The E3 trailer for OlliOlli World was narrated by a frog, so I feel comfortable calling it “a bit whimsical.” The business frog in question, who wears a Hawaiian shirt, introduced the setting of Radlandia—a gorgeous cartoon paradise that’s unlike the pixel-art urban style of previous OlliOlli games. Ice creams and bananas walk along a beach with sandcastles the size of houses, and there’s a forest where the trees have smiling faces and you can wallride across billboards held up by bumblebees. It all looks very Adventure Time and I’m into it.
The build of OlliOlli World I played has both these regions, beachside Sunshine Valley and the forests of Cloverbrook, with room for three more regions on the map. Both of the ones I explore are exactly as advertised. In Sunshine Valley I leap over a pool full of cheering people and try to avoid bursting balloon cats while hopping from one grindable rail to the next. I meet characters like Chiffon the Skate Wizard and Gnarly Mike, who gives me a skate tip when I get to Cloverbrook, saying I should “avoid the weird blue tall frogs”.
Hidden in some of these quirky levels are characters who give sidequests, like Sloshtar, a fish version of those fortune-telling Zoltar machines at carnivals, and B.B. Hopper, the aforementioned business frog. Finding them means exploring the split routes of OlliOlli World’s newly 2.5D levels, which let you change lanes at junctions, and means you’ll want to replay levels to explore different paths so you can complete specific challenges or find areas where you can earn more points.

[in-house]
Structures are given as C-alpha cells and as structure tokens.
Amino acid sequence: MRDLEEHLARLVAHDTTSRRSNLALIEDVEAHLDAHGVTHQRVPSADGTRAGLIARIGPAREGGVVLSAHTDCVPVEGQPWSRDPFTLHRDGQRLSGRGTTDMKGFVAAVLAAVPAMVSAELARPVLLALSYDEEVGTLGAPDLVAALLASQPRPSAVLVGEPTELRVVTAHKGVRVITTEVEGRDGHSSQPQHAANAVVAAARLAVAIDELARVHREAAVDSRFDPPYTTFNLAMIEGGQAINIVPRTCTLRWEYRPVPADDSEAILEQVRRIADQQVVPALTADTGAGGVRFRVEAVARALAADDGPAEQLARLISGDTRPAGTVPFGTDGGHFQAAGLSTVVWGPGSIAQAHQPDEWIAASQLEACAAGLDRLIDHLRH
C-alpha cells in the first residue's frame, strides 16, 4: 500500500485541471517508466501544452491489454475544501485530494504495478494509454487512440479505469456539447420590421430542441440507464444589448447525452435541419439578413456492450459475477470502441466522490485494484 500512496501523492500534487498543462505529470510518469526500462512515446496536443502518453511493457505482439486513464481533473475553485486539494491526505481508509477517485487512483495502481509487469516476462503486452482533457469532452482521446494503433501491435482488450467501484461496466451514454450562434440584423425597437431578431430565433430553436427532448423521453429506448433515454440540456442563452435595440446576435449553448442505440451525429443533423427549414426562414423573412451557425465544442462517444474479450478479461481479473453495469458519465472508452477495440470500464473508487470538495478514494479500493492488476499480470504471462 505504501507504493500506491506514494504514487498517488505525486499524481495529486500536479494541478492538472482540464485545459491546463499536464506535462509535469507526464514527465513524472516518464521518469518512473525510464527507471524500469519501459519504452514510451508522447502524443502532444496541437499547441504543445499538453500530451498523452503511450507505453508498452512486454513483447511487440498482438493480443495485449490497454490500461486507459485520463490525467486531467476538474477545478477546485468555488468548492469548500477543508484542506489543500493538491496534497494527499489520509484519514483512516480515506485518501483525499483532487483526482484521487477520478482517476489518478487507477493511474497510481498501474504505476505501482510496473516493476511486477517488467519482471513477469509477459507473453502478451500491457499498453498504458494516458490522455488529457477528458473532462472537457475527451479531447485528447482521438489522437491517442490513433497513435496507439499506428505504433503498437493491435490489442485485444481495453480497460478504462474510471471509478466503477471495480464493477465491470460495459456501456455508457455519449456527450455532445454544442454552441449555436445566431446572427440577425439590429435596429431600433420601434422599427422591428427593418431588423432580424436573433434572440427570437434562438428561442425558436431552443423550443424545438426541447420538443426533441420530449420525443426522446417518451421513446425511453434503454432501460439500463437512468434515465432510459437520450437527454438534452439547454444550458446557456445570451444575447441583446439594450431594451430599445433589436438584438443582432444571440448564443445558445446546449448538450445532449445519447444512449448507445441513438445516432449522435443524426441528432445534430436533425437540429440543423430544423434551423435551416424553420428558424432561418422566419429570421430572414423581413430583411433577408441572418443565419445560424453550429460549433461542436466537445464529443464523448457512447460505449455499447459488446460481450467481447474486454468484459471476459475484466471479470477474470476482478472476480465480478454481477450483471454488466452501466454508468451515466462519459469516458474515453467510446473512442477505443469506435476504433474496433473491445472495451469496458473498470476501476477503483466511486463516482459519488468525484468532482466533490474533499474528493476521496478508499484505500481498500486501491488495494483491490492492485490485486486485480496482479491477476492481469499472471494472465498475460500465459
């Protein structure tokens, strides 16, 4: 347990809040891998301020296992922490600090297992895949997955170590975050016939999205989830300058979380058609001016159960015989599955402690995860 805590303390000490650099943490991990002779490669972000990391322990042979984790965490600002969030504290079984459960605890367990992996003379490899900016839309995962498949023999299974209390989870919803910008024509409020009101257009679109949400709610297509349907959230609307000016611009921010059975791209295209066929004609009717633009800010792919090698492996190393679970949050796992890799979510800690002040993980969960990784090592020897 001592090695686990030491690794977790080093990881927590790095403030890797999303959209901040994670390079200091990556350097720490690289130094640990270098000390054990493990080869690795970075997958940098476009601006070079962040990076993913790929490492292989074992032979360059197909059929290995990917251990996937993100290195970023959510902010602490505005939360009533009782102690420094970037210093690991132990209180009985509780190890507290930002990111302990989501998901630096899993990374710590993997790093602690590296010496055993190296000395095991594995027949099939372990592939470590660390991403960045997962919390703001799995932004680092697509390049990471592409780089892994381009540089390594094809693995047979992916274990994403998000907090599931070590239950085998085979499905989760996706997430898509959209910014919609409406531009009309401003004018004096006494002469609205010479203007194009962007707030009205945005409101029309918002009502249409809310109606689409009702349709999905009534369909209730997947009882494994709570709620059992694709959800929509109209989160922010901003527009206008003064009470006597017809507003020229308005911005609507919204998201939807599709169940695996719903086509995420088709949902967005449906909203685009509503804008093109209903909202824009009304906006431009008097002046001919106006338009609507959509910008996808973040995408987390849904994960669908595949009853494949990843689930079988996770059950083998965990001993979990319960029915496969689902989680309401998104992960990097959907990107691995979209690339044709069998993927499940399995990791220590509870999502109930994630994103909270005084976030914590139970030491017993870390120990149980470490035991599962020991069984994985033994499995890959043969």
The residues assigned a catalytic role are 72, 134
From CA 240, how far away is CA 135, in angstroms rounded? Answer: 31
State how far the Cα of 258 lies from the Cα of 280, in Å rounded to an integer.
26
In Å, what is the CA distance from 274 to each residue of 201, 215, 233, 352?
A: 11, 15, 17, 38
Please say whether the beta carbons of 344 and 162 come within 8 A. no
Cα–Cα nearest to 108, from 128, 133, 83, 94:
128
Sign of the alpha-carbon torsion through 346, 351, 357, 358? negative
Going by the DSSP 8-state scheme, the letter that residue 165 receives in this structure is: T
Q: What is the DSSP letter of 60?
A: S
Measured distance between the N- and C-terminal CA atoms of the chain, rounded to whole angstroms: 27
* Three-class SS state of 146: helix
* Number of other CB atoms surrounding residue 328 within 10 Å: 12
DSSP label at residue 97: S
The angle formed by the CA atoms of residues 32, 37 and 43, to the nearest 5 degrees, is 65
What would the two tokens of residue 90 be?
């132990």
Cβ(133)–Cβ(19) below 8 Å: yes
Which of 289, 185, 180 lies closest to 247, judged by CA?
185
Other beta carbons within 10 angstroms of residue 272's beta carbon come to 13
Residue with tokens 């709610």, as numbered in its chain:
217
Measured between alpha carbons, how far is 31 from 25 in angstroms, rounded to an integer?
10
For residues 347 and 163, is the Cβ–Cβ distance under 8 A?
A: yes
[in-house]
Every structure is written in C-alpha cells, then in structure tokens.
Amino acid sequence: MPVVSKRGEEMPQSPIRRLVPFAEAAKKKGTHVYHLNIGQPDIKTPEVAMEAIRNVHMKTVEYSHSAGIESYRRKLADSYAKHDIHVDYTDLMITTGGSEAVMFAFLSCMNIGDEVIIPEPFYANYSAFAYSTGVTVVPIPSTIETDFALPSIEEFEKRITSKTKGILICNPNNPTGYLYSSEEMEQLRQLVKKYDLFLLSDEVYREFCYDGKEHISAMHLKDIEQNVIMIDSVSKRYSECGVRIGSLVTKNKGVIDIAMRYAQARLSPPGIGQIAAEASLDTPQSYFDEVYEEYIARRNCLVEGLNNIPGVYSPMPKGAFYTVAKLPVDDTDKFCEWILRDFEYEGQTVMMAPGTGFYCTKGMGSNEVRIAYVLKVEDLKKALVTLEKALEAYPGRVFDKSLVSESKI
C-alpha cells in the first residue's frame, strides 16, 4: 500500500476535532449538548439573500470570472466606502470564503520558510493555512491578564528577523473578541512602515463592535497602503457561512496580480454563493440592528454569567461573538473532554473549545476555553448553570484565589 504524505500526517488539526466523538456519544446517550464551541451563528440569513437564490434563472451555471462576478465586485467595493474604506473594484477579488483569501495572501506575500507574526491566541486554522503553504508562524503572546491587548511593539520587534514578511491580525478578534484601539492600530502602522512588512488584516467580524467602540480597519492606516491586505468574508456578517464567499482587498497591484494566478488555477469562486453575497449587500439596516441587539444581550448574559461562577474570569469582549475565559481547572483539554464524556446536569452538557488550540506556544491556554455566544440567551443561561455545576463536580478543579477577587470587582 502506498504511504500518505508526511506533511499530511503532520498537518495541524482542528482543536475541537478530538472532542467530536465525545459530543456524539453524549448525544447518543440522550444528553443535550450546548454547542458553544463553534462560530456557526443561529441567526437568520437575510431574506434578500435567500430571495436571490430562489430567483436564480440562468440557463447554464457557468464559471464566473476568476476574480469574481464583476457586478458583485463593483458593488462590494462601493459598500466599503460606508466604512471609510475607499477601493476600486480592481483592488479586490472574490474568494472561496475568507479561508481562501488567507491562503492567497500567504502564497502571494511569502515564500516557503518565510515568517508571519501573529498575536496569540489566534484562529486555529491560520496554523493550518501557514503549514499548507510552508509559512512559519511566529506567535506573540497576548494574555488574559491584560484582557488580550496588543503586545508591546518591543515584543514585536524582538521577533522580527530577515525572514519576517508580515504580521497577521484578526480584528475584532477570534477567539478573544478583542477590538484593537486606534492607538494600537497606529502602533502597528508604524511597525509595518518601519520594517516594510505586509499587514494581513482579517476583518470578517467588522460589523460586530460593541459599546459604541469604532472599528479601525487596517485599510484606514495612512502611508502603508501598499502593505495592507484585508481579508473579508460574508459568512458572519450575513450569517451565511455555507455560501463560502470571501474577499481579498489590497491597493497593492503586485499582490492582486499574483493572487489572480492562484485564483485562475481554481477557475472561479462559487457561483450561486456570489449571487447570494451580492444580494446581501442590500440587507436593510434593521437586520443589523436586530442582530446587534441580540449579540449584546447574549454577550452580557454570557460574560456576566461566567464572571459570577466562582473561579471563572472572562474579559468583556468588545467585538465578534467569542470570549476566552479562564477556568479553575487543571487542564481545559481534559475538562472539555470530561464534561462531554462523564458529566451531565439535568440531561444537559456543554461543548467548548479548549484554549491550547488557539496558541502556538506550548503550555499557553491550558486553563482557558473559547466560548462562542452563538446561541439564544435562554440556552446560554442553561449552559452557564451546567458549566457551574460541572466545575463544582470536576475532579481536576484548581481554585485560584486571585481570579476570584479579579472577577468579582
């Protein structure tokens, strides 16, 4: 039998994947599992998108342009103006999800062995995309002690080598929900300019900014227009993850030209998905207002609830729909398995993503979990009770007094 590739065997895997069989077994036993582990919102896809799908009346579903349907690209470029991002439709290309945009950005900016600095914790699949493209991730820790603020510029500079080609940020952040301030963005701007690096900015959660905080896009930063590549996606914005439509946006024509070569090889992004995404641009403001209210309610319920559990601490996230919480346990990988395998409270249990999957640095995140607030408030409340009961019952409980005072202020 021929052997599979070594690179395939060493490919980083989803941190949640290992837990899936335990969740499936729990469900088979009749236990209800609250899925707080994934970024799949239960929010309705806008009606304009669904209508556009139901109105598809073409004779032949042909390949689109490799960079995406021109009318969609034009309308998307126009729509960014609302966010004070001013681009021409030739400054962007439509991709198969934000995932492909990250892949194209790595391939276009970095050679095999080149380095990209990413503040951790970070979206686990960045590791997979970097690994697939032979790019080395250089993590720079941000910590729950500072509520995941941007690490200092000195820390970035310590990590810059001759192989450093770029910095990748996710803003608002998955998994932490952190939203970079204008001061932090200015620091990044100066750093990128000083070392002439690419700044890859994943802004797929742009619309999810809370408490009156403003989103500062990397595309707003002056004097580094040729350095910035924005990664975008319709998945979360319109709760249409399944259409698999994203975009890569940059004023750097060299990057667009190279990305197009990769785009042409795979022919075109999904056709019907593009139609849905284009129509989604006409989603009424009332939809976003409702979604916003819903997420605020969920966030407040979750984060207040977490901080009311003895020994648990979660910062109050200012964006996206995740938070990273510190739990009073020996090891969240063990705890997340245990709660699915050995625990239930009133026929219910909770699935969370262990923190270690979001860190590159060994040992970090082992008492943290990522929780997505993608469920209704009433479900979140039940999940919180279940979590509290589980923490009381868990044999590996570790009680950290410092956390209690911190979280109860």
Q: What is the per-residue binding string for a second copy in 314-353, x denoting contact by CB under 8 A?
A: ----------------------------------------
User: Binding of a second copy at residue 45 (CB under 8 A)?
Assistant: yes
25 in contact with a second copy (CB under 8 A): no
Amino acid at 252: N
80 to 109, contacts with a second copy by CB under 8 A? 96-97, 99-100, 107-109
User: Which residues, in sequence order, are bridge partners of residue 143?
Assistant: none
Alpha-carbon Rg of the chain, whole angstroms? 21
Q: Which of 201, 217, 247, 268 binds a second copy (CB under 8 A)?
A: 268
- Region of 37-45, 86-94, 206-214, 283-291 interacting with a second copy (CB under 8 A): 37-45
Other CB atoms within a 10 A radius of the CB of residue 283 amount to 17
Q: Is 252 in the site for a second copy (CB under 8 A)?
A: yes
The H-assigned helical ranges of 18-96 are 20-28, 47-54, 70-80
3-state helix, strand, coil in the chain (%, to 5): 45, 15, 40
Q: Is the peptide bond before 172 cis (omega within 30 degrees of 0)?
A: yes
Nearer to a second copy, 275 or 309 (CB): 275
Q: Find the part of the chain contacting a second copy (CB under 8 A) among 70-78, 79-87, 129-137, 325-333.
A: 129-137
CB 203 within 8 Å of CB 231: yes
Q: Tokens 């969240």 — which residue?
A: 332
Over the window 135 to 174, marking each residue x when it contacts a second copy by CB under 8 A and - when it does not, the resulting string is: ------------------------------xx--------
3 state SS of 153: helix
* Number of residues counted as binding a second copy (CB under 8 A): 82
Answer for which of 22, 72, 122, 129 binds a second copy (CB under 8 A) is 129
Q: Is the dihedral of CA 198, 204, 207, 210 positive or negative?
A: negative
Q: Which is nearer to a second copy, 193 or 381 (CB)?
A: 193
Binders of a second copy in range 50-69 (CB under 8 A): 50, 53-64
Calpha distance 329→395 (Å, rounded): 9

The quest-giving NPCs aren’t going to send you off to collect a certain number of wolf bungholes or ask you to throw something into a volcano, however. They just unlock bonus levels on the map where you have to hit a score in a time limit, or cross off a checklist of tricks without stacking it. Which isn’t easy. Not stacking it, that is. While Sunshine Valley is mostly tutorial, by Cloverbrook things step up and I find myself respawning at checkpoints (courtesy of Chiffon the Skate Wizard) a lot.
You perform tricks by flicking the left thumbstick, each direction a basic trick. To do advanced tricks you push in a direction, then rotate before returning to the centre, with different directions and degrees of rotation to pull off different tricks, which is also how you jump. Since gaps are frequent you need to be tricking a lot, while also pushing off in advance so you’ve got enough speed that tricks carry you over the gaps and don’t see you tumble into an abyss or slap a ledge.
Back in the first OlliOlli you had to press A with precise timing to land each trick, in addition to all that thumbstick manipulation—a fiddly mechanic I’m glad the series ditched. Even without that, it’s still not an easy game, though. As Roll7 co-founder Simon Bennett said in the Future Games Show, “you’re gonna slam a bunch before you succeed.”
I keep Chiffon the Skate Wizard busy with the respawns, though the bonus levels don’t have checkpoints to respawn at and after I’ve sat through the talking frog or fish introducing them a few times, I give up on the bonus levels.
All the fanciful fantasy stylings make OlliOlli World seem friendly and welcoming, like a children’s book (one level challenges me to “knock a frog off a bee”), and the excellent soundtrack of woozy beats and digital wash are an invitation to Headnod City. But underneath all the chill vibes it’s still the same OlliOlli, a game where you fail and try again and fail and try again until you either master it or your thumbs give up in protest, detach themselves from your hands, put on tiny hats and grab their briefcases, walk out the door and go to live in the woods where they’ll befriend a bird or maybe fox—but definitely not a talking frog.
OlliOlli World is out this winter on Steam.